I don't understand what all the problems are with breaking a bead. You don't need to drive over it, so you don't need 4 good wheels. In a worst case you have 2 flats (one on the car and one in your hands) and you still can put the high lift under the rear bumper and use the foot to break the bead. The car is not jacket up or anything. Nothing more stable than a car on all 4's. When I had to do it, I didn't even come close to an instable car or tearing my side wall. Just a bit of jacking and it popped off, easy as that!! No worries what so ever.
oh jeah, stay away from those bloody split rims. They are from another era.
Add this tool to the list of unnecessary...unless you've got a MAN/Kamaz lorry/Unimog...and weight isn't really a concern.
If you're carrying a 2nd spare tire on a rim, use that.
If you're carrying a 2nd spare tire without a rim...why?
The extra weight of the rim is comparable to the weight of the bead breaker, and tire irons...no?
If you carry too much stuff for those rare situations, you will create problems for yourself due to the weight...like busted mother springs, or wheel bearing failures, etc...now that would be a bugger...carry a spare set of wheel bearings...much better investment on weight.
I am on holiday in Germany at the mo, and was in the Daerrs shop a couple of days ago - a veritable mine of overlanding stuff... You name it it is there! I was there with my credit card at the ready and salivating, but finally walked out with a bag of ratchet straps which always for some reason disapear! Of course I must admit I am a bit of a kit fanatic, and get almost (maybe even more, when you are restricted by time to how much travelling you can do) as much fun from tinkering with my vehicle and getting it how I want as I do from travelling. To be honest maybe most of us have this tendency or are in this position? But this tool I reckon could be genuinely usefull... Of course it could be easily made (maybe even just make one which replaces the whole 'foot' from a hi-lift to minimise weight issues) and an improvisation can almost always be made, but there is a certain satisfaction from using a well designed tool to do a job - otherwise we would all use chinese spanners and drive 1985 Ladas and just buy new ones when the old ones break. Of course there is also the opposite to this where we get a kick from making do with the bare minimum and shrugging off 'materialistic entrapments' and paring everything down to the minimum. I reckon this is a well thought out and usefull piece of kit (like the tyre plier) but is not 100% required for everyone. I wont buy one but I certainly wont knock it, and if I was really that weight concerned then the fridge and the /fresh cheese would also get slung out, but they wont. Neither will the GPS, Stereo, Hiking boots, Books, folding chair and toilet paper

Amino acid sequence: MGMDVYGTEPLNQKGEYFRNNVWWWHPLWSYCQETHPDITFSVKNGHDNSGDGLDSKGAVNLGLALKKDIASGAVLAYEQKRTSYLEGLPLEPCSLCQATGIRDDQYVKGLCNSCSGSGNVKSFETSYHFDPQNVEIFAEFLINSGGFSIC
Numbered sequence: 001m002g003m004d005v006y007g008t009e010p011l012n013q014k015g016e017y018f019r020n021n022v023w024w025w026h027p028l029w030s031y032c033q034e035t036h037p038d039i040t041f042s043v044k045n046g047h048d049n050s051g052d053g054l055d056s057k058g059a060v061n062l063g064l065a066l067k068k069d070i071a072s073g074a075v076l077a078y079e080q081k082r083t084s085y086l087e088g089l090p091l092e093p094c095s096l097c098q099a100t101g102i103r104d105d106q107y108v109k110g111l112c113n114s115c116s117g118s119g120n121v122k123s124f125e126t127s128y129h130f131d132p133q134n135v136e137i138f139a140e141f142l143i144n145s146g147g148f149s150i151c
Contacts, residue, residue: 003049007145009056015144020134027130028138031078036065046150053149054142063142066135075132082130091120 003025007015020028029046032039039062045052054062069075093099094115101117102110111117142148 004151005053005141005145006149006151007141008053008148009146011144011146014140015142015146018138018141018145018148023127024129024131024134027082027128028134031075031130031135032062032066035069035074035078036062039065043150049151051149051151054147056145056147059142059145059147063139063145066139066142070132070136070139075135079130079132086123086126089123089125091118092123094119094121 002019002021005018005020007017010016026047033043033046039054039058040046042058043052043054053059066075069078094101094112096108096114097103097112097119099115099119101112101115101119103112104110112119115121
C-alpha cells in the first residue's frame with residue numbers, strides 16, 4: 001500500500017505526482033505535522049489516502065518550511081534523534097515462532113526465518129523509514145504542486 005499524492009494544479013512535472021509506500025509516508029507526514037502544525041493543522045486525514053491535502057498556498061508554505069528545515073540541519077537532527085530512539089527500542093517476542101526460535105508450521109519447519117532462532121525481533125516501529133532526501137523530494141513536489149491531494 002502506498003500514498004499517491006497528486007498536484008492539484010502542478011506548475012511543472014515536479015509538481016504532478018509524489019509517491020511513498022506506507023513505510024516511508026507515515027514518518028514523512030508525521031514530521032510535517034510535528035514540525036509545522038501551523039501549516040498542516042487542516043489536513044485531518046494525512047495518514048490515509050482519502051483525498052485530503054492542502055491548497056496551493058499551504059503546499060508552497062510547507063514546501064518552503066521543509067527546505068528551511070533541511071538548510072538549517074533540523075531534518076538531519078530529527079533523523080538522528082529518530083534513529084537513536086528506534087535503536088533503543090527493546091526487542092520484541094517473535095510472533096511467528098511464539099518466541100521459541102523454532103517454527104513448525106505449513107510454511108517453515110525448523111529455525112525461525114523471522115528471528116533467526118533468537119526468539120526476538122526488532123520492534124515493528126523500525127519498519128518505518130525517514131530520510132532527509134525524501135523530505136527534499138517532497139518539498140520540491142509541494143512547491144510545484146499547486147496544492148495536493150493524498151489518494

Sorry guys, just feeling a little bit philosophical on the last day of my hols...
This evening enjoying a few fine German Beers - super!